Searching over 5,500,000 cases.


searching
Buy This Entire Record For $7.95

Download the entire decision to receive the complete text, official citation,
docket number, dissents and concurrences, and footnotes for this case.

Learn more about what you receive with purchase of this case.

Neidhardt v. Shouse

United States District Court, M.D. Tennessee, Columbia Division

July 11, 2017

FRANCES E. NEIDHARDT, Plaintiff,
v.
BILLY WAYNE SHOUSE, et al., Defendants.

          MEMORANDUM OPINION

          WAVERLY D. CRENSHAW, JR. CHIEF UNITED STATES DISTRICT JUDGE

         This action came before the Court for a bench trial on April 18 and 19, 2017, presenting the issue of the proper measure of damages for the negligent cutting of another's trees and conversion. Based on the entire record, the Court finds by a preponderance of the evidence that Frances E. Neidhardt shall recover from Sharon Kay Thomas a/k/a Sharon Knowles, Jack Knowles, and Billy Wayne Shouse a total award of $3, 015.60.

         In May 2015, the Knowles hired Shouse to cut timber and clear land. (Doc. No. 58 at ¶ 4.) Shouse mistakenly cut and fell thirteen (13) large trees from approximately one (1) acre of land that belonged to Neidhardt. (Id. at ¶ 5.) Neither Shouse nor the Knowles had Neidhardt's permission to enter upon or to cut trees on Neidhardt's property. By doing so, they committed the torts of trespass and conversion. See Burlison v. United States, No. 2:07-cv-02151-JPM-cgc, 2011 WL 1002808, at *8 (W.D. Tenn. Mar. 15, 2011) (quoting Baker v. Moreland, No. 89-62-II, 1989 WL 89758, at *4 (Tenn. Ct. App. Aug. 9, 1989)) (“Under Tennessee law, ‘[e]very unauthorized entry upon another's realty is a trespass, regardless of the degree of force used or the amount of damage.'”); Shipwash v. United Airlines, Inc., 28 F.Supp.3d 740, 753 (E.D. Tenn. 2014) (quoting Ralston v. Hobbs, 306 S.W.3d 213, 221 (Tenn. Ct. App. 2009)) (“Under Tennessee law, ‘[c]onversion is the appropriation of another's property to one's own use and benefit, by the exercise of dominion over the property, in defiance of the owner's right to the property.'”).

         Neidhardt is entitled to damages. She seeks damages for the value of the 13 trees that Shouse cut down, and damages for trespass. Awarding damages for the value of the trees and for trespass is appropriate in Tennessee. Ellis v. Vic Davis Const., Inc., No. 03S01-9201-CV-00011, 1992 WL 183536, at *2 (Tenn. Aug. 3, 1992).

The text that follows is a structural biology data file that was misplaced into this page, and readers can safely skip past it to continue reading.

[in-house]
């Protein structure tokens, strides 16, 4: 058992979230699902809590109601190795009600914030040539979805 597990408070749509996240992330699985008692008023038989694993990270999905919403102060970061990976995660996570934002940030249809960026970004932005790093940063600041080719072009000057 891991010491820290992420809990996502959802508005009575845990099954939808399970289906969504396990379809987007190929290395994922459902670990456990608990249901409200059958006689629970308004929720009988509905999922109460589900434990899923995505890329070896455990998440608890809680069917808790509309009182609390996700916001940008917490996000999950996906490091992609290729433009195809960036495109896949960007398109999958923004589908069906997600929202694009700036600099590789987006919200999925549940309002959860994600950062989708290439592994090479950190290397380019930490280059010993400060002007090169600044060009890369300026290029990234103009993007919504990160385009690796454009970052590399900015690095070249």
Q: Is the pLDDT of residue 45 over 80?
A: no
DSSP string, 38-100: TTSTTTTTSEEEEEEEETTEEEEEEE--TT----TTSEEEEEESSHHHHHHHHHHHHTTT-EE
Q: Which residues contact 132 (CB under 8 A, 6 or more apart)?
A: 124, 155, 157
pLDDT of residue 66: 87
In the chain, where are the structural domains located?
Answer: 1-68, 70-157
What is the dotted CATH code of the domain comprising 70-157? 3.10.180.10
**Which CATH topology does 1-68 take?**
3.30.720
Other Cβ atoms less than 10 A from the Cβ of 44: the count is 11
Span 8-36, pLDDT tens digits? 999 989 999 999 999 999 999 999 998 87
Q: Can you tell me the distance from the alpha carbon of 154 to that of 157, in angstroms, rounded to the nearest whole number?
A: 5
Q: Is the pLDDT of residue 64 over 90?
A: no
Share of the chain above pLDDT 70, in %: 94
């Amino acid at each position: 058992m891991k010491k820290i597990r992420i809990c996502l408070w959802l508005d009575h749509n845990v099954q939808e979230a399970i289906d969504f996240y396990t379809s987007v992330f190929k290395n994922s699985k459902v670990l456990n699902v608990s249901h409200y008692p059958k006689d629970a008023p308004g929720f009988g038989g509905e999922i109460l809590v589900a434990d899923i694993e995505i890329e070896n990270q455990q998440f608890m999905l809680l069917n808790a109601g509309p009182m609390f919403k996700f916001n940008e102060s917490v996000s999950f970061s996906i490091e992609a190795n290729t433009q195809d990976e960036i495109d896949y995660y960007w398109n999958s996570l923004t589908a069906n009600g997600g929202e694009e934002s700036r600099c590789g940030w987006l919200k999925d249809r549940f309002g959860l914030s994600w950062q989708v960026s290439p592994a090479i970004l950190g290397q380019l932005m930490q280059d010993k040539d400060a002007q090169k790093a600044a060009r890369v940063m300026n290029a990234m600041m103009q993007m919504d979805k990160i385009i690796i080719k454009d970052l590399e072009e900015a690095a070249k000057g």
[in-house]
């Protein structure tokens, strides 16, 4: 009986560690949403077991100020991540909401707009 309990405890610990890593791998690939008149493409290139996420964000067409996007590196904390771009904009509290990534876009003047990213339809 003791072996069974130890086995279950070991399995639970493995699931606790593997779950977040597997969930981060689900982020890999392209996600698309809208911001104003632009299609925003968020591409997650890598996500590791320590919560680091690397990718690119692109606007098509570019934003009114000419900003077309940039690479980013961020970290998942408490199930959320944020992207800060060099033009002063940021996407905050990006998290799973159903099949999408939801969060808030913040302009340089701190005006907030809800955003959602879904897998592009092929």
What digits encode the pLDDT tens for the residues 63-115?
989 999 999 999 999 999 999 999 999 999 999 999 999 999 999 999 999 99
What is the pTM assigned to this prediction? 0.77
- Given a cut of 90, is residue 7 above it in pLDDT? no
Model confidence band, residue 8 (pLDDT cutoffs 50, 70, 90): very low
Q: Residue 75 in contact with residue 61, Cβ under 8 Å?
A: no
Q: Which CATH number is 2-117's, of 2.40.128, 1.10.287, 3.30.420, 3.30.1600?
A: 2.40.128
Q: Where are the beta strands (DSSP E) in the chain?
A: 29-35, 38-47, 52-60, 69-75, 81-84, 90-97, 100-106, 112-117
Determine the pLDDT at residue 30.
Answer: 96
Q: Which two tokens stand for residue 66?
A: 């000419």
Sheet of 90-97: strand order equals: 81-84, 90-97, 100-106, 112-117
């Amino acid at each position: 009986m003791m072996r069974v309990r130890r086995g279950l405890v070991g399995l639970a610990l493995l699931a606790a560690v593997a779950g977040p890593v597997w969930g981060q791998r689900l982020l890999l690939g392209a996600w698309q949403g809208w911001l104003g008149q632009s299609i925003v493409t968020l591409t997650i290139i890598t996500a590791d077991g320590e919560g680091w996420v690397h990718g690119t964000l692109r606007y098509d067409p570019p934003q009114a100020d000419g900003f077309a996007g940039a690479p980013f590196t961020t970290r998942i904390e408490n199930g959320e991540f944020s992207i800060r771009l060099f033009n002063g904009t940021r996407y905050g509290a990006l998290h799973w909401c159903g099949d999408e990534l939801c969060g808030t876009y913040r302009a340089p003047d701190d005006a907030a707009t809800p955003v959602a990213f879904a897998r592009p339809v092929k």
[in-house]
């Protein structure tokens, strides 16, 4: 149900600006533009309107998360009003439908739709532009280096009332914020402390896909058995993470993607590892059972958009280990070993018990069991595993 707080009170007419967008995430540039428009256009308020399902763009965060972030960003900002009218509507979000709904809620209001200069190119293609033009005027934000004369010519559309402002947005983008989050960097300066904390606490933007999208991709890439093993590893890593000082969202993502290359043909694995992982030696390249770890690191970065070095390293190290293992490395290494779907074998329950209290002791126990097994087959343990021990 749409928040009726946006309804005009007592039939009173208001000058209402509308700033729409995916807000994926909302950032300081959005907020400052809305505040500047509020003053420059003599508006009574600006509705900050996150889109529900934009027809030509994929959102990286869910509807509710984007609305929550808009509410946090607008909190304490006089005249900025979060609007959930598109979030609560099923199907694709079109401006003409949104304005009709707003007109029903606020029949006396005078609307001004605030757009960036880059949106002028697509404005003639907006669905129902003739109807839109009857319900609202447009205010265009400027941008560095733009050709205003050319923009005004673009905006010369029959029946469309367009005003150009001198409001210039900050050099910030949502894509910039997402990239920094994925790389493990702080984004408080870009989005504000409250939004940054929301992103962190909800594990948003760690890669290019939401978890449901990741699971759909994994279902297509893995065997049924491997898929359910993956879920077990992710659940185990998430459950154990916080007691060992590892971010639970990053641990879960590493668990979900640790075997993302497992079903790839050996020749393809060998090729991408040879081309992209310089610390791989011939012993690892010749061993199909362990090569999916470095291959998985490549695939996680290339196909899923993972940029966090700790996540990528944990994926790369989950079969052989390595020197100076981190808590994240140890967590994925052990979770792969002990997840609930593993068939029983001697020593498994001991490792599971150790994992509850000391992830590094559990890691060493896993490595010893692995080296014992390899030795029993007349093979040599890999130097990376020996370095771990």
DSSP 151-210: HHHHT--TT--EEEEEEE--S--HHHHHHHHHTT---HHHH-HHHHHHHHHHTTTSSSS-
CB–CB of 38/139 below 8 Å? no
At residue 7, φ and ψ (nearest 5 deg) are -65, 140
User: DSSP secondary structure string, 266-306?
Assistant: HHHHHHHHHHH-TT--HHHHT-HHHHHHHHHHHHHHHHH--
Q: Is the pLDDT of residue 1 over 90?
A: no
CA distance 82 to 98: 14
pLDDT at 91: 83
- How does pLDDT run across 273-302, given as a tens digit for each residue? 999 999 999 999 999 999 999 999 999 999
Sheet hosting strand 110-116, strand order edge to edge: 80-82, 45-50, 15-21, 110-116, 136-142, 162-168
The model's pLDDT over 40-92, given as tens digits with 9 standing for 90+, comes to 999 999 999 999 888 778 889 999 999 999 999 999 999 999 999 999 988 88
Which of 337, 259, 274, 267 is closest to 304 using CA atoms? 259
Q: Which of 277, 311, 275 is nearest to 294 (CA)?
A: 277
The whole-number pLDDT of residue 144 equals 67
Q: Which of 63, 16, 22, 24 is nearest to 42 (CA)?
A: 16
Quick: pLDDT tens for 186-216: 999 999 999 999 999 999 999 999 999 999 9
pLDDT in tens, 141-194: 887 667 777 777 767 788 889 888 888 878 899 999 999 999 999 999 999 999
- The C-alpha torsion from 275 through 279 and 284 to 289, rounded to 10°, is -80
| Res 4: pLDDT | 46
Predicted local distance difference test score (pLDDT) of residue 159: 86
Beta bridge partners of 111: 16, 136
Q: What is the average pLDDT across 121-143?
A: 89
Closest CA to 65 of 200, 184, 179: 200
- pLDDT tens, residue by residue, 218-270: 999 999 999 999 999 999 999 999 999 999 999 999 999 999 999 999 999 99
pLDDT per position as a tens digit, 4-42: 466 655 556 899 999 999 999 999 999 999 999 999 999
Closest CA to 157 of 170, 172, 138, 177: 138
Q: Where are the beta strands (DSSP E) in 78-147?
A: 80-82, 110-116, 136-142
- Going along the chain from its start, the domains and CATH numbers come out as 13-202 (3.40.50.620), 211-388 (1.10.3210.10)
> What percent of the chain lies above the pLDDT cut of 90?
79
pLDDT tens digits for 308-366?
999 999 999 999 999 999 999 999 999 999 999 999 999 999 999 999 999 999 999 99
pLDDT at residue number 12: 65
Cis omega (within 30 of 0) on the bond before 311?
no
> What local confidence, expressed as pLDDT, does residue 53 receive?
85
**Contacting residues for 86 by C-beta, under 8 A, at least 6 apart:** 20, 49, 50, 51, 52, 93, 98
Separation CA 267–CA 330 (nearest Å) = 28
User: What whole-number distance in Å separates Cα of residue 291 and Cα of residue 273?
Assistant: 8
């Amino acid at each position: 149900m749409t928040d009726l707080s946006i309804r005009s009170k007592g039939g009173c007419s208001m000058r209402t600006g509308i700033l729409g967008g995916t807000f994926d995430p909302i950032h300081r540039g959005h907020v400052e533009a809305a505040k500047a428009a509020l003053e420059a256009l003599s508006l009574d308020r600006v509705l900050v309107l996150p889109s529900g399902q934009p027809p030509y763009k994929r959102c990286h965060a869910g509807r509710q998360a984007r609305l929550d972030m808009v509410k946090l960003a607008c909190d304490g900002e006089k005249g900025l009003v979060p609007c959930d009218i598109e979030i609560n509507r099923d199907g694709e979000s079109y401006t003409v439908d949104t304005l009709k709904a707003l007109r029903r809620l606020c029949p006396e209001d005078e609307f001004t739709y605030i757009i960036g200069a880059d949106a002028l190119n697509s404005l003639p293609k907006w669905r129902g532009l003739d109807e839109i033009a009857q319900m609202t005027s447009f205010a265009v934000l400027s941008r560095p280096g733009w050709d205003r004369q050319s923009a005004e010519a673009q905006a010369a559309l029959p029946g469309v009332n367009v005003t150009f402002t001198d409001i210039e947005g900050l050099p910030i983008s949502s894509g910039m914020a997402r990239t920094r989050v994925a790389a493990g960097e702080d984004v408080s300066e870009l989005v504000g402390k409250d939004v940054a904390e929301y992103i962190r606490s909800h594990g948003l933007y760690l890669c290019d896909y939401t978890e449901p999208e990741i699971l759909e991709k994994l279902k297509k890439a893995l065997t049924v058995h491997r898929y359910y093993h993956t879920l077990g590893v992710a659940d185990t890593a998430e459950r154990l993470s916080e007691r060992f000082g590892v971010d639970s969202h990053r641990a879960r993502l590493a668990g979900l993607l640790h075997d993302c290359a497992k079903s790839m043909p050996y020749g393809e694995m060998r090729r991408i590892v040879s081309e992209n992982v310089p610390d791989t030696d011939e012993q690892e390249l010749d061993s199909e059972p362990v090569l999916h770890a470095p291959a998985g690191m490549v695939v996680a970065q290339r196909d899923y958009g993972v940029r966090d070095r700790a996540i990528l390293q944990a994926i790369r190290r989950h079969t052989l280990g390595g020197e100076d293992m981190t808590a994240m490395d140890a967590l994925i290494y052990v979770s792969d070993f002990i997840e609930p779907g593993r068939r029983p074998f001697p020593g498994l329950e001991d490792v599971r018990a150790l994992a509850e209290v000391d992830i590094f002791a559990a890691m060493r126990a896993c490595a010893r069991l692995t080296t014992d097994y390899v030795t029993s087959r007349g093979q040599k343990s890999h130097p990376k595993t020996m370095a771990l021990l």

Tennessee Code Annotated § 43-28-312 governs liability and damages for cutting timber from the property of another and provides:

(a) (1) Civil liability for the negligent cutting of timber from the property of another is in an amount double that of the current market value of the timber.
(2) If the timber is negligently cut from the property of another because the landowner for whom the timber is being cut has marked or designated the boundary of the landowner's property incorrectly, then the landowner is jointly liable for the double damages.
(b) Civil liability for knowingly and intentionally cutting timber from the property of another is in an amount treble that of the current market value of the timber.
(c) Nothing in this section precludes an owner of property on which timber has been cut by another from recovering damages for loss of value other than commercial timber value, if any, of the timber negligently or intentionally cut.
(d) “Current market value, ” as used in this section, applies to the property in question that is standing timber; therefore, the current market value is that of the timber before being cut.

         Here, Neidhardt voluntarily dismissed her claim for intentional cutting of timber. (Doc. No. 57.) The Court finds that Sharon Knowles instructed Shouse to clear Neidhardt's land because she thought the land belonged to her. Thus, the Court concludes that the cutting of Neidhardt's timber was negligent.

         1. Trunk Formula Method

         Neidhardt relies on the trunk formula method to determine the value of the trees. Certified arborist Dr. Douglas Airhart testified that the trunk formula method is used to value trees that are too large to be replaced by equal-sized nursery trees. Dr. Airhart specifically opined that the value of Neidhardt's real estate was not relevant to his valuation of the trees because her property was not for sale. Similarly, Dr. Airhart opined that it would be inappropriate to award damages based on the market value of the trees because Neidhardt did not want the trees to be harvested for any reason.

         Dr. Airhart applied the trunk formula method as set forth in the Guide for Plant Appraisal, 9th Edition from the Council of Tree and Landscape Appraisers (International Society of Arboriculture, 2000) (the “Guide”). He visited Neidhardt's property to verify the location of the cut trees. He relied on a report from a consulting forester that ...


Buy This Entire Record For $7.95

Download the entire decision to receive the complete text, official citation,
docket number, dissents and concurrences, and footnotes for this case.

Learn more about what you receive with purchase of this case.